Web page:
WASHINGTON, D.C. — The Trump administration on Wednesday is expected to release details on what Treasury Secretary Steve Mnuchin called “the biggest tax cut” in US history, according to a White House spokesperson.
The plan is expected to include huge tax cuts for businesses and a significant tax burden reduction for the middle class.
“It’s a great plan,” said the president during a briefing at the White House. “It’s going to put people back to work.”
Speaking at an event sponsored by The Hill on Wednesday, Mnuchin said Trump’s plan would include reducing the current corporate tax rate of 35% down to 15%, a whopping 20% cut.
”What this is not going to be is a loophole to let rich people cash in,” said Mnuchin. “The 15 percent corporate rate was always non-negotiable for the president.”
For the middle class, the proposed plan involves dropping the existing seven income-tax rates to just three and cutting the individual top rate from 39.6% down to 35. The plan also calls for the ending of the a 3.8 % net investment income tax that applies to individuals earning more than $200,000 a year, repealing of the alternative minimum tax and elimination of the estate tax, which currently applies to estates worth more than $5.49 million for individuals and $10.98 million for couples.
On the flip side, the plan would eliminate the federal income-tax deductions that are currently allowed for state and local taxes — a provision which critics say would hit high salary earners in mega-tax states such as New York and New Jersey. Itemized deductions such as home mortgage interest and charitable contributions will still be deductible under the plan, however, and will have little to no impact on the middle class.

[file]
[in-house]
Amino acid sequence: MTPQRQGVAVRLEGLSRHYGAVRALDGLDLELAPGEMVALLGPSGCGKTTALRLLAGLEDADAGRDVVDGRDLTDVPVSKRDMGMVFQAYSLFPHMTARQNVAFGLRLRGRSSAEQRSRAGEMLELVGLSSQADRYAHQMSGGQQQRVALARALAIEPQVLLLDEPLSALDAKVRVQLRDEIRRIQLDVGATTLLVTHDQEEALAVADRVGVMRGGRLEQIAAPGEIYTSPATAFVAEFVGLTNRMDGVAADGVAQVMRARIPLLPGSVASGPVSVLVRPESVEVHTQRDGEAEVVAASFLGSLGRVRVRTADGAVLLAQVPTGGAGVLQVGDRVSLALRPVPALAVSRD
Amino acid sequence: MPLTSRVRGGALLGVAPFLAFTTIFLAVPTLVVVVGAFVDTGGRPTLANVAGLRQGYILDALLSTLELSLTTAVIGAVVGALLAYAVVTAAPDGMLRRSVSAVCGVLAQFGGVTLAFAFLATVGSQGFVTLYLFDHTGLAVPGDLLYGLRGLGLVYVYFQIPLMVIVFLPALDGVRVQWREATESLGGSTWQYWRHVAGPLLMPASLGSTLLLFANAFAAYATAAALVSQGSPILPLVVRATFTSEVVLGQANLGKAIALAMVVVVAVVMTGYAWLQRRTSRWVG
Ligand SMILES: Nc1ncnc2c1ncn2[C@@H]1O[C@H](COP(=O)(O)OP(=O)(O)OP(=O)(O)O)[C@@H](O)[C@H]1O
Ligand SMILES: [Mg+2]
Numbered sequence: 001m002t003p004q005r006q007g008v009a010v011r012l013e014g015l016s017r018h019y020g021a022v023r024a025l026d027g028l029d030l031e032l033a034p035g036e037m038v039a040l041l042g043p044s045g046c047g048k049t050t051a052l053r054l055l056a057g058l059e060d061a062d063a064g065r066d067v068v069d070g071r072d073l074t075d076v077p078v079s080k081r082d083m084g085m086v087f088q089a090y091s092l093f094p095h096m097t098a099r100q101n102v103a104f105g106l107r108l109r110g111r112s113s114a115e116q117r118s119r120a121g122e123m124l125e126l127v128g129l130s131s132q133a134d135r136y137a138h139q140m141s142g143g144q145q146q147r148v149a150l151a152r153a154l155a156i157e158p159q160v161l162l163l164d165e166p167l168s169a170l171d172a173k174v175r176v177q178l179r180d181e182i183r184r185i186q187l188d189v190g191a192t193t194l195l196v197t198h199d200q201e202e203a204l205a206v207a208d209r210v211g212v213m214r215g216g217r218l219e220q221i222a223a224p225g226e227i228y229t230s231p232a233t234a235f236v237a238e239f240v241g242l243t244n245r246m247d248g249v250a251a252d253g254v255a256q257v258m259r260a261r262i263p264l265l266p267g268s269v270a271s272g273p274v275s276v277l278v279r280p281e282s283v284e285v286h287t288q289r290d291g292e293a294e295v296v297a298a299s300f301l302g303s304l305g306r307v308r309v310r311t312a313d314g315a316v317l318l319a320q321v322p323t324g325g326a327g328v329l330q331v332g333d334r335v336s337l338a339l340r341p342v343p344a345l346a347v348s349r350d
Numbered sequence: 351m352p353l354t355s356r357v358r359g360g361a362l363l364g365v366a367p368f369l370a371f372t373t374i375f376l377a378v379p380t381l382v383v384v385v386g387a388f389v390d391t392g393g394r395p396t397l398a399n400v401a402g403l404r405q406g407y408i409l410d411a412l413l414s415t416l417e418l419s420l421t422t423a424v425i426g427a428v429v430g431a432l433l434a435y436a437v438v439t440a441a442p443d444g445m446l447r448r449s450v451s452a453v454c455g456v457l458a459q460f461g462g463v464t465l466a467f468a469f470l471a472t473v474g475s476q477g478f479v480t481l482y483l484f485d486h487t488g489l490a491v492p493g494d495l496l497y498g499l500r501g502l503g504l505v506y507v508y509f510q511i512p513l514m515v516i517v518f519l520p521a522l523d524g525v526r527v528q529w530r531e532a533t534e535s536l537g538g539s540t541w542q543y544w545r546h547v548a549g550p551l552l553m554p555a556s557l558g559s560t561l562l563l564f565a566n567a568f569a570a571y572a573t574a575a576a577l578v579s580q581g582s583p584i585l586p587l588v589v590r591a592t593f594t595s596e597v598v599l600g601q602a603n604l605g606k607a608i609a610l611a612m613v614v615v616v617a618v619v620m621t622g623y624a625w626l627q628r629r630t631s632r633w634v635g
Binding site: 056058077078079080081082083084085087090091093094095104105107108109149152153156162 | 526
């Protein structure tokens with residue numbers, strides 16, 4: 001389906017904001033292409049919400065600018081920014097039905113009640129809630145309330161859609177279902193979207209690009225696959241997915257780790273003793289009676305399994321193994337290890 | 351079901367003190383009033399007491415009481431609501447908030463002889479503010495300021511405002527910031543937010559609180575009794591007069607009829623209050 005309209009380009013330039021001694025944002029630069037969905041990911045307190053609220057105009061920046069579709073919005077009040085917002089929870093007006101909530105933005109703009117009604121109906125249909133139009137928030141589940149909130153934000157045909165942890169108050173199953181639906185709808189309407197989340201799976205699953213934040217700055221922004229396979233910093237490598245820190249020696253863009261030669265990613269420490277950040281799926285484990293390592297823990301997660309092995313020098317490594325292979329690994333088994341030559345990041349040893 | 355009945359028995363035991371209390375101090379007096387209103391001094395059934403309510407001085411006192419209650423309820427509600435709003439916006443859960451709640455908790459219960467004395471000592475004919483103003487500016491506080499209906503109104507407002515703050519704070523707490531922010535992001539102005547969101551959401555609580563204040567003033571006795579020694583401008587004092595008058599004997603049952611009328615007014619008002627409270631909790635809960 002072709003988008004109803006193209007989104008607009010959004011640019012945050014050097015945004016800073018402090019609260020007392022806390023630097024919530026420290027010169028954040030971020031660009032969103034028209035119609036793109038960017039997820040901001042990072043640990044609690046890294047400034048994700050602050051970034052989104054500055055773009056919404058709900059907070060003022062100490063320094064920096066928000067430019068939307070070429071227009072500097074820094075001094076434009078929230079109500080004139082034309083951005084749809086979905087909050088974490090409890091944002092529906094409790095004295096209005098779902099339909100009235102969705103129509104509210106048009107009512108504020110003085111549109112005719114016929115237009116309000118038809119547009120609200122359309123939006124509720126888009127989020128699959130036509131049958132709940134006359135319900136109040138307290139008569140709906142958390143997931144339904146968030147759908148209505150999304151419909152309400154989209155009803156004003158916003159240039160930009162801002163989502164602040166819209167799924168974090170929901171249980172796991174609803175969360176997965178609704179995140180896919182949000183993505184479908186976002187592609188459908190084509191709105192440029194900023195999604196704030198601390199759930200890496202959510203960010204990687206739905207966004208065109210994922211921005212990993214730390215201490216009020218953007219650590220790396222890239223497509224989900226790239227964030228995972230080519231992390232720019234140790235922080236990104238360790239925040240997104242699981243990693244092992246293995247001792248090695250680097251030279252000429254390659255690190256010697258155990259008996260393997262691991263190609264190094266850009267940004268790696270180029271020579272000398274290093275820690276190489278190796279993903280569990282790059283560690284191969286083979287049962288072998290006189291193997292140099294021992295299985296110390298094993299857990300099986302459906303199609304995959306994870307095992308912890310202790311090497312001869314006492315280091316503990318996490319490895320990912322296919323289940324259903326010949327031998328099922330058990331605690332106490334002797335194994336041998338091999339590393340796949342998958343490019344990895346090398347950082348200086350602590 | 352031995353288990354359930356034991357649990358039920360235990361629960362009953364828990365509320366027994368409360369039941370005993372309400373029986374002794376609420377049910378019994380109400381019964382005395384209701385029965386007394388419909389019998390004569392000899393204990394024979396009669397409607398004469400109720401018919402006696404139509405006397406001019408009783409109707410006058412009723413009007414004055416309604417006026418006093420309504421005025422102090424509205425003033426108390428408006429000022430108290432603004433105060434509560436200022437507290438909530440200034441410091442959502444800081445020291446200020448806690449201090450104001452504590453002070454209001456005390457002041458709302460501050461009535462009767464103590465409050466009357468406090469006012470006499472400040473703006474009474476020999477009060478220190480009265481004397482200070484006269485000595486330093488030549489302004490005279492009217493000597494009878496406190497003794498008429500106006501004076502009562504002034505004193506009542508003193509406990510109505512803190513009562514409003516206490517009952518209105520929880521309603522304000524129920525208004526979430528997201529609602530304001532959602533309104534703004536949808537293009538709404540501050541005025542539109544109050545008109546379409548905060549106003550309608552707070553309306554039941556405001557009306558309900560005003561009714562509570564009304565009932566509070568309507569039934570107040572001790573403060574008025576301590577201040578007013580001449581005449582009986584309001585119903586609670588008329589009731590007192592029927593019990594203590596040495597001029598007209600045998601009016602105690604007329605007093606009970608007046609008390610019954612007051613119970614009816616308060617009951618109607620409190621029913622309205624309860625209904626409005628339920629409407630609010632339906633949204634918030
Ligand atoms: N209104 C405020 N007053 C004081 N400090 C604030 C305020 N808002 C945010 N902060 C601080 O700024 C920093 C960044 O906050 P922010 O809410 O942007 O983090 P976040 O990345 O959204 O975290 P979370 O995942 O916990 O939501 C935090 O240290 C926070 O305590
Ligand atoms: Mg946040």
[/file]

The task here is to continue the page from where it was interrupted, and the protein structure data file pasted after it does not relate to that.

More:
Trump’s proposed tax plan comes just three days before his highly touted 100th day in office, which is traditionally used as marker for measuring a new president’s performance.
In a statement on Wednesday, National Economic Council Director Gary Cohn described the proposal as “The most significant tax reform legislation since 1986 and one of the biggest tax cuts in American history.”
When challenged on how the president plans to fund the tax cuts, Cohn said the jobs created by industries who are able to hire more employees as a result of the tax breaks would likely stimulate enough economic growth to cover the cost.